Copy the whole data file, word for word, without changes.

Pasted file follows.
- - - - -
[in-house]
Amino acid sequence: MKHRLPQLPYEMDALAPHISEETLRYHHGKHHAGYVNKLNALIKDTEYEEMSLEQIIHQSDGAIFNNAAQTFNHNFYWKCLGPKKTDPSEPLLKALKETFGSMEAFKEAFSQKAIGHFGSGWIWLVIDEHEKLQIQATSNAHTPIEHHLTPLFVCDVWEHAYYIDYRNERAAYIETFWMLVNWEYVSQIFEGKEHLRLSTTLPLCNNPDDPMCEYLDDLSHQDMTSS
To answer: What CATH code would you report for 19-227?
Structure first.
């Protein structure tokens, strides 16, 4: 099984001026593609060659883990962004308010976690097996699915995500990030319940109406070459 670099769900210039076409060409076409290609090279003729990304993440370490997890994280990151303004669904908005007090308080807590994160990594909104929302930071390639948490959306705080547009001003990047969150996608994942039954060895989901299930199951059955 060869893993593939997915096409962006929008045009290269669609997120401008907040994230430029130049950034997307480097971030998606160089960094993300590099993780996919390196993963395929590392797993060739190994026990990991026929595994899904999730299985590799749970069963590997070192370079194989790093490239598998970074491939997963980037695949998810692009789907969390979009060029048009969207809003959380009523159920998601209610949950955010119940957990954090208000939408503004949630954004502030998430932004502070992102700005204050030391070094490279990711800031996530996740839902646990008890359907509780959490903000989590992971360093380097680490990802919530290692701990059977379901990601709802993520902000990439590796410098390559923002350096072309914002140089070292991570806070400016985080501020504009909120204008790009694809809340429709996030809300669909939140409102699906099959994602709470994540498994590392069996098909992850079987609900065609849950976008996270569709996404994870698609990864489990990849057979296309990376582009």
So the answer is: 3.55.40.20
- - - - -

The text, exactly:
[in-house]
Amino acid sequence: MKHRLPQLPYEMDALAPHISEETLRYHHGKHHAGYVNKLNALIKDTEYEEMSLEQIIHQSDGAIFNNAAQTFNHNFYWKCLGPKKTDPSEPLLKALKETFGSMEAFKEAFSQKAIGHFGSGWIWLVIDEHEKLQIQATSNAHTPIEHHLTPLFVCDVWEHAYYIDYRNERAAYIETFWMLVNWEYVSQIFEGKEHLRLSTTLPLCNNPDDPMCEYLDDLSHQDMTSS
To answer: What CATH code would you report for 19-227?
Structure first.
């Protein structure tokens, strides 16, 4: 099984001026593609060659883990962004308010976690097996699915995500990030319940109406070459 670099769900210039076409060409076409290609090279003729990304993440370490997890994280990151303004669904908005007090308080807590994160990594909104929302930071390639948490959306705080547009001003990047969150996608994942039954060895989901299930199951059955 060869893993593939997915096409962006929008045009290269669609997120401008907040994230430029130049950034997307480097971030998606160089960094993300590099993780996919390196993963395929590392797993060739190994026990990991026929595994899904999730299985590799749970069963590997070192370079194989790093490239598998970074491939997963980037695949998810692009789907969390979009060029048009969207809003959380009523159920998601209610949950955010119940957990954090208000939408503004949630954004502030998430932004502070992102700005204050030391070094490279990711800031996530996740839902646990008890359907509780959490903000989590992971360093380097680490990802919530290692701990059977379901990601709802993520902000990439590796410098390559923002350096072309914002140089070292991570806070400016985080501020504009909120204008790009694809809340429709996030809300669909939140409102699906099959994602709470994540498994590392069996098909992850079987609900065609849950976008996270569709996404994870698609990864489990990849057979296309990376582009």
So the answer is: 3.55.40.20